In the old days, Sourdoughs celebrated the coming of spring by betting on when breakup would sweep the ice off the rivers. Modern-day Yukoners seem more interested in ploughing their cash into the housing market, which shows a remarkable surge in volumes in springtime according to the Yukon bureau of statistics.
Anecdotal reports reaching Yukonomist from Riverdale, for example, suggest prices are buoyant. No signs of the California housing bust here. People who laughed at their friends for paying $100,000 for an old government “one and a half” house in the 1990s are now punching holes in their drywall in frustration.
Since 2003, investing in a Whitehorse house has turned out to be a much smarter investment than most of the things the brain trust on Wall Street would have suggested you get into. The average house price in late 2003 was $170,900. The most recent data for the fourth quarter of 2009 had that same ‘average house’ going for $324,800.
That’s an increase of 90 per cent, not bad when inflation over the period was just 12.8 per cent. It looks especially good compared to the people who invested back in 2003 in Nortel (down 100 per cent since then), Bear Stearns (down 100 per cent) or asset-backed commercial paper (frozen solid). Whitehorse houses beat the Toronto stock exchange index handily over the period, and didn’t expose you to any near-death investing experiences like stock investors suffered during the financial crisis.
But the fine print on your mutual funds will tell you that past performance is no guarantee of future performance (even if your realtor might not mention it).
So will Whitehorse house prices keep rising? That’s tough to predict. People who thought house prices were unreasonably high in 2007 have seen them continue to climb, and missed an opportunity. As the old joke goes, the market can be irrational longer than you can afford to short it.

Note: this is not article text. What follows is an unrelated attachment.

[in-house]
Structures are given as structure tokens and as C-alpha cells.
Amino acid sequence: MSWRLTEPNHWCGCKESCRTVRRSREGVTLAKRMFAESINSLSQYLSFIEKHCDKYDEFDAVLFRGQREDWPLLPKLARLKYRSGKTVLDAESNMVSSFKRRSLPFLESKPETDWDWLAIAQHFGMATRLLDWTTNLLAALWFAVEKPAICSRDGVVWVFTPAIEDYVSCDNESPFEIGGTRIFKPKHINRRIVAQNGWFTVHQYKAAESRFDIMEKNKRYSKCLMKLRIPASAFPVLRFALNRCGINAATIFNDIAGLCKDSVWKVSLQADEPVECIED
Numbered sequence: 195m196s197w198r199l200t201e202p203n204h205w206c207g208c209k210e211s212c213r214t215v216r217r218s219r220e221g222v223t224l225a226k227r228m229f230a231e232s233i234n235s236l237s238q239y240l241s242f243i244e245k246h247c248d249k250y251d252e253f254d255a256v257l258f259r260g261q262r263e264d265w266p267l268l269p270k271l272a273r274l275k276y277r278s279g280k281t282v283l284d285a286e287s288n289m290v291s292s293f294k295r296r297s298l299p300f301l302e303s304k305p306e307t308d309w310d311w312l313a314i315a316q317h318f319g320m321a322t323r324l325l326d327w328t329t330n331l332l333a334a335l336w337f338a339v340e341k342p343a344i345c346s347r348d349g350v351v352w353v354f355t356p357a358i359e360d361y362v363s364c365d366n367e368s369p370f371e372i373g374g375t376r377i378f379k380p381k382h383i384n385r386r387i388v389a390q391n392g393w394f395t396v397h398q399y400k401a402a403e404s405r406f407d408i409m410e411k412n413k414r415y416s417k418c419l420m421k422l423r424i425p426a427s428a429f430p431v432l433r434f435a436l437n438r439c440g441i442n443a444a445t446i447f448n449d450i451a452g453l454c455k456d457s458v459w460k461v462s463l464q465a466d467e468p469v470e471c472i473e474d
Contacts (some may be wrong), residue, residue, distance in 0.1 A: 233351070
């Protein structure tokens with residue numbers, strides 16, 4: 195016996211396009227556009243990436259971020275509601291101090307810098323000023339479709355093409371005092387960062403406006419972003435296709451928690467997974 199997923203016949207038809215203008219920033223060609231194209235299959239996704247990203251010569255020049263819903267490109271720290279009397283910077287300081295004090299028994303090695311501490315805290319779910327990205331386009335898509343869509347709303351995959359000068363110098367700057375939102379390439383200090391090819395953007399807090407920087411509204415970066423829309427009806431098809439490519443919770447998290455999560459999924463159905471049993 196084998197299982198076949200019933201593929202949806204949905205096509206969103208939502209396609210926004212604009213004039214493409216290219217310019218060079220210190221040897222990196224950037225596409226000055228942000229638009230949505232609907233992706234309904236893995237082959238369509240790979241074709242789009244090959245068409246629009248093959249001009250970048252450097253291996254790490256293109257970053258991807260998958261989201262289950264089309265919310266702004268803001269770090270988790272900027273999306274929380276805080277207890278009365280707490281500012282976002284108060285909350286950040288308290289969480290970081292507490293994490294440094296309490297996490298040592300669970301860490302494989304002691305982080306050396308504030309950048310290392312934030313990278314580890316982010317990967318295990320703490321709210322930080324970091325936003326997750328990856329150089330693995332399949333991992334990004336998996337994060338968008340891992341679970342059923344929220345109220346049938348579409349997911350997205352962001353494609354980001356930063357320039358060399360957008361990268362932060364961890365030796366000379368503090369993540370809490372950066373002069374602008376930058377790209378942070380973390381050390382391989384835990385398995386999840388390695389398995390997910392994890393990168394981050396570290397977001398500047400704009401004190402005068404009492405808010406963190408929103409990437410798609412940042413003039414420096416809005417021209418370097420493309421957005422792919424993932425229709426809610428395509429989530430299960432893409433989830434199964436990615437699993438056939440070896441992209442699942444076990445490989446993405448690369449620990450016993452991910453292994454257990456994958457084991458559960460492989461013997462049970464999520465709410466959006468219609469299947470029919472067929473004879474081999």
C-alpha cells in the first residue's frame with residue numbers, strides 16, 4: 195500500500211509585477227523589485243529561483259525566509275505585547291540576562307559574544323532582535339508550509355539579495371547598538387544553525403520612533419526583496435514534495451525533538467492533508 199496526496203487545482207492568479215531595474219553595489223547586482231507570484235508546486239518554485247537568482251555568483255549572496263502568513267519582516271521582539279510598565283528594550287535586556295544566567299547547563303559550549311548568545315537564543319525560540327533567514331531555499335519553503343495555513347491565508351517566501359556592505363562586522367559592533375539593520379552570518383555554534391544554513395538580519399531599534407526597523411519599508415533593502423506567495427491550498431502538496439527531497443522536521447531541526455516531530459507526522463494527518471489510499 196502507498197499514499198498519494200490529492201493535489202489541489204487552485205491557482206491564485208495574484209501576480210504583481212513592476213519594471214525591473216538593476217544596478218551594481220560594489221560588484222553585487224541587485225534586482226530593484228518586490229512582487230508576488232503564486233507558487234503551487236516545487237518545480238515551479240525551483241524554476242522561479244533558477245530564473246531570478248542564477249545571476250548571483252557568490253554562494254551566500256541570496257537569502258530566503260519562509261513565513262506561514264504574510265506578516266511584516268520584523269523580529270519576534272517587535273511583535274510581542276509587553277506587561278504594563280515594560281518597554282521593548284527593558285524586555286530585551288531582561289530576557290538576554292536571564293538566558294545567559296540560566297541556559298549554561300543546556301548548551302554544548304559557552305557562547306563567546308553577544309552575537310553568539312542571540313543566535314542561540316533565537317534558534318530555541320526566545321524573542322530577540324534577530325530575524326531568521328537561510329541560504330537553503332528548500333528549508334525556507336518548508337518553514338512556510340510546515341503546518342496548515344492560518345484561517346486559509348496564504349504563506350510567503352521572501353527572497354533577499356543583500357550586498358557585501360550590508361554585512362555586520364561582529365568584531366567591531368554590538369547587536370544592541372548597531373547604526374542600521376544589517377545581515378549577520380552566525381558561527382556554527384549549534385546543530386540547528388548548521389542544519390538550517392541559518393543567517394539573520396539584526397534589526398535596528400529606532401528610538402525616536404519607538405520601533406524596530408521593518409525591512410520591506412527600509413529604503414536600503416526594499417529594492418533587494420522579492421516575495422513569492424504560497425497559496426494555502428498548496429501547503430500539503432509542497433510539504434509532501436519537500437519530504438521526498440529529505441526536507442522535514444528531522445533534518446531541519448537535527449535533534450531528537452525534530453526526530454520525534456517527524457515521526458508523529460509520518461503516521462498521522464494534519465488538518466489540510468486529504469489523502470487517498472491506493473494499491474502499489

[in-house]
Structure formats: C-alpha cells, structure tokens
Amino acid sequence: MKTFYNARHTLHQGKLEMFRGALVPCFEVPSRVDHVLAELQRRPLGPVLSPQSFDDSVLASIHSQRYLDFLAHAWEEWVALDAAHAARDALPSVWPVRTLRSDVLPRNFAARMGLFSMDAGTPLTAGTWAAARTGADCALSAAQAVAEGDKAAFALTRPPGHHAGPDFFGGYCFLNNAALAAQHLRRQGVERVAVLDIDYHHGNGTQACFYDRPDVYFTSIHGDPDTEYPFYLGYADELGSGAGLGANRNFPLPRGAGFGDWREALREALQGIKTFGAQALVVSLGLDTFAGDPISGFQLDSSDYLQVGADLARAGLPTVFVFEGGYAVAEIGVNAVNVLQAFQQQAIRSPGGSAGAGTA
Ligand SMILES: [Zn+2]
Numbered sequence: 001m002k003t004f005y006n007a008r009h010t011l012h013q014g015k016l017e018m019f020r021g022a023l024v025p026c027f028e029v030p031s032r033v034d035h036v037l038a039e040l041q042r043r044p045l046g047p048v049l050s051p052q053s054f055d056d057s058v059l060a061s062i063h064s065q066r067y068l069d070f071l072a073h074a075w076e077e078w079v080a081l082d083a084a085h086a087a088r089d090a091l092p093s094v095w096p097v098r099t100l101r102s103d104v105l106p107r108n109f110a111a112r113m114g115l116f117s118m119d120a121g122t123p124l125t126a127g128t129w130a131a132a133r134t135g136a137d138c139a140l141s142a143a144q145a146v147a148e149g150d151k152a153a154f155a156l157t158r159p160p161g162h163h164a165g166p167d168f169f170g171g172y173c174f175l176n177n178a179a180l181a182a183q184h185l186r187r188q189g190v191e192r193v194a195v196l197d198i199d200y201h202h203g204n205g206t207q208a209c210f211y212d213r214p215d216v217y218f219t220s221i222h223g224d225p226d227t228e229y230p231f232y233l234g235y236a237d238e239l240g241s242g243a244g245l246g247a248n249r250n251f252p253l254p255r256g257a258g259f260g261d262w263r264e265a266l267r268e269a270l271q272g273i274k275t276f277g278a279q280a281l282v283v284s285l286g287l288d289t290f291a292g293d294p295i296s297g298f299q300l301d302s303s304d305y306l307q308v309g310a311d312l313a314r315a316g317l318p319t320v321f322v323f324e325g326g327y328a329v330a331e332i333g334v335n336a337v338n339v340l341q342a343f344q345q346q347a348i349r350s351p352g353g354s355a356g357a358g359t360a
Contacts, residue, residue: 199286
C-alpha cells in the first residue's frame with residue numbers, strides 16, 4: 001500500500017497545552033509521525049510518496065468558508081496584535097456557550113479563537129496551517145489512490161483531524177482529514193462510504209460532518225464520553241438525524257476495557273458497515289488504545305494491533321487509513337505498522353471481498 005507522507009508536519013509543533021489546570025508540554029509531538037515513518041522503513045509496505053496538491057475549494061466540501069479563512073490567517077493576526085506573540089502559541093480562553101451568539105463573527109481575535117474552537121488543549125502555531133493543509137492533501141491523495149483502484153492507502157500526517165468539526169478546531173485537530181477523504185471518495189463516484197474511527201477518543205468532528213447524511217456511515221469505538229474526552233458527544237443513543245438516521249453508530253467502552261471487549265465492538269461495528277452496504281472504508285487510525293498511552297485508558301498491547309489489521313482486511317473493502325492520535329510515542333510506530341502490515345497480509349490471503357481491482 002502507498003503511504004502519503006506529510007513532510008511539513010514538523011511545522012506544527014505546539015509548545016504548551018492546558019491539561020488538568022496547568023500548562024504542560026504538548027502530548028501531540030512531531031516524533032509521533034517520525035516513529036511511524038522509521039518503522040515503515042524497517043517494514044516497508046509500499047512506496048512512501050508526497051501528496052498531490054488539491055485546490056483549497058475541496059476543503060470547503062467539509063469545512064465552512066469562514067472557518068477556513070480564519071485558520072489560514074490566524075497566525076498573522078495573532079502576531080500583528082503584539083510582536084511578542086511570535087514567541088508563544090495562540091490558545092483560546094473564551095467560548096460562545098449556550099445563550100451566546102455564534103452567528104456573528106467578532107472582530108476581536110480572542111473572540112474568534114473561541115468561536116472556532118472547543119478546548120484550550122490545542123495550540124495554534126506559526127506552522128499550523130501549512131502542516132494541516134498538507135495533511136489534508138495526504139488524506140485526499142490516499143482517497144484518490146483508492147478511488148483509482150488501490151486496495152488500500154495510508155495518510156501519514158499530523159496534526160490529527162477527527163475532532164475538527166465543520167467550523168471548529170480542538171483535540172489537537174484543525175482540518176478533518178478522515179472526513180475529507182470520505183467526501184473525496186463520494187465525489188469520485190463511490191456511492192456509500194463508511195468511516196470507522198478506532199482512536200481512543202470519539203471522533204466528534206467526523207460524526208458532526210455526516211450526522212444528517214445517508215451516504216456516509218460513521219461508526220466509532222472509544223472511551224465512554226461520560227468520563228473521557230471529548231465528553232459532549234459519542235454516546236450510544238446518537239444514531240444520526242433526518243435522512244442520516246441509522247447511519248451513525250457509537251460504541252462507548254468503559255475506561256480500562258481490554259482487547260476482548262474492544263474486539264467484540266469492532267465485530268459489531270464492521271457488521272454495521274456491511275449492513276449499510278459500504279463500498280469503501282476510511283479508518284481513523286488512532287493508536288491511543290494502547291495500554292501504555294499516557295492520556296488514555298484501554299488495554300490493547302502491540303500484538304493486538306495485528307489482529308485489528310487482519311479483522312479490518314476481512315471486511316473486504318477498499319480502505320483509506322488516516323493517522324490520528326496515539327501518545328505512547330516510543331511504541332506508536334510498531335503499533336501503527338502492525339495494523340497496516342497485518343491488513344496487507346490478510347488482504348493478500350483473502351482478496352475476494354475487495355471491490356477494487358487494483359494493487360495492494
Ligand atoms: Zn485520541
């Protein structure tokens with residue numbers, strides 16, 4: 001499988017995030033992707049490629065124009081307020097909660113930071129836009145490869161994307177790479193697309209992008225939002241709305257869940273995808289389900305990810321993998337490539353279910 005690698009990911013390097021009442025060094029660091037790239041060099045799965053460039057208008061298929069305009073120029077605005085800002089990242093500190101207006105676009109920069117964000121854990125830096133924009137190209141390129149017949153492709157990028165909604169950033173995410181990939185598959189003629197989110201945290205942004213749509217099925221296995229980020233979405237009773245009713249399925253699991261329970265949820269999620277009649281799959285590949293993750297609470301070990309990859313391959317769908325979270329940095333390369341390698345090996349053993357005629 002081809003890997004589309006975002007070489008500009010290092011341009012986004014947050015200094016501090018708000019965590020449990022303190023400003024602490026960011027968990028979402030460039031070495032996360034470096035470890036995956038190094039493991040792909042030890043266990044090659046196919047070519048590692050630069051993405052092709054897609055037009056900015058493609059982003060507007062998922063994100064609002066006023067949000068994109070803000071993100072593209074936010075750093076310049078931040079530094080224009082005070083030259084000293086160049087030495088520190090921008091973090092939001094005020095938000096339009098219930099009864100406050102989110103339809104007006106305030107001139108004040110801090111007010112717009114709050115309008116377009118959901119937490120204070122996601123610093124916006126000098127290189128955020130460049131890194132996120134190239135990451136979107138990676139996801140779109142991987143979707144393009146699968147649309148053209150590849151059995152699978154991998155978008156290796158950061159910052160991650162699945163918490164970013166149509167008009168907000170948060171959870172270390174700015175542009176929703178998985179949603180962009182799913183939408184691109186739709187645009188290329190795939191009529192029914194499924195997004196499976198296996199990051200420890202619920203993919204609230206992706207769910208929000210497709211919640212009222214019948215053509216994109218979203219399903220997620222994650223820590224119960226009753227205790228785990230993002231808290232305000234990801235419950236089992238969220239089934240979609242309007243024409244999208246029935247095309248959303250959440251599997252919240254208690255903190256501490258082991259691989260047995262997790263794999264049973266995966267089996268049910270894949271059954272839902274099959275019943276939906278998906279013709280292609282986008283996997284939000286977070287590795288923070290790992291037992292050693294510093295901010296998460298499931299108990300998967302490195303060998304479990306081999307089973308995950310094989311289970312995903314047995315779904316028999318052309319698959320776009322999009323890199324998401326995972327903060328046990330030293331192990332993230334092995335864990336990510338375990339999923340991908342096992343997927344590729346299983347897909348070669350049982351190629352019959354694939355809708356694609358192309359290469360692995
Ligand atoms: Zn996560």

But boosters should remember it’s mathematically impossible for house prices to rise more than 10 per cent per year forever.
One way to think about it is to ask the question, “What would I have to believe in order to be confident that house prices would keep going up strongly?”
Which brings up supply and demand. On the supply side, the city plans to hold lotteries for lots in the big new Whistlebend subdivision in late 2012, with more lots coming into the market in late 2013. To be bullish on houses in other parts of Whitehorse, you have to believe that this development will be late, or that 295 lots is not a big enough number to depress house prices in other parts of town. Or that the house you are buying has a unique location or other characteristic that makes competition from new Whistlebend houses irrelevant.
On the demand side, you have to believe that either more people will be moving to Whitehorse or that current residents will be awash in cash and keen to move up the property ladder. The latter seems improbable, since about 44 per cent of Yukon workers are employed by the government. The salaries and pensions may be generous compared to lots of private-sector jobs, but they don’t rise quickly. And we don’t have too many bankers or software tycoons.
So the big question is whether there will be another influx of homebuyers.
From March 2004 until employment peaked in the Yukon around August 2009, the number of government officials in the Yukon went up about 1,000 or 15 per cent. That’s a lot of homebuyers. Plus, the number of private sector workers went up about 400 during the same time. These numbers put the scale of Whistlebend in perspective.
A thousand new government workers clearly had a big impact on demand for housing, and played a key role in price rises over the last few years.
But will government keep growing at such a pace? Or will mining or the pipeline spur enough economic activity to bring similar numbers of workers here over the next few years?
Time will tell. But if you are investing in Whitehorse real estate, you are implicitly answering “yes” to one of those questions.
Keith Halliday is a Yukon economist and author of the Aurore of the Yukon series of historical children’s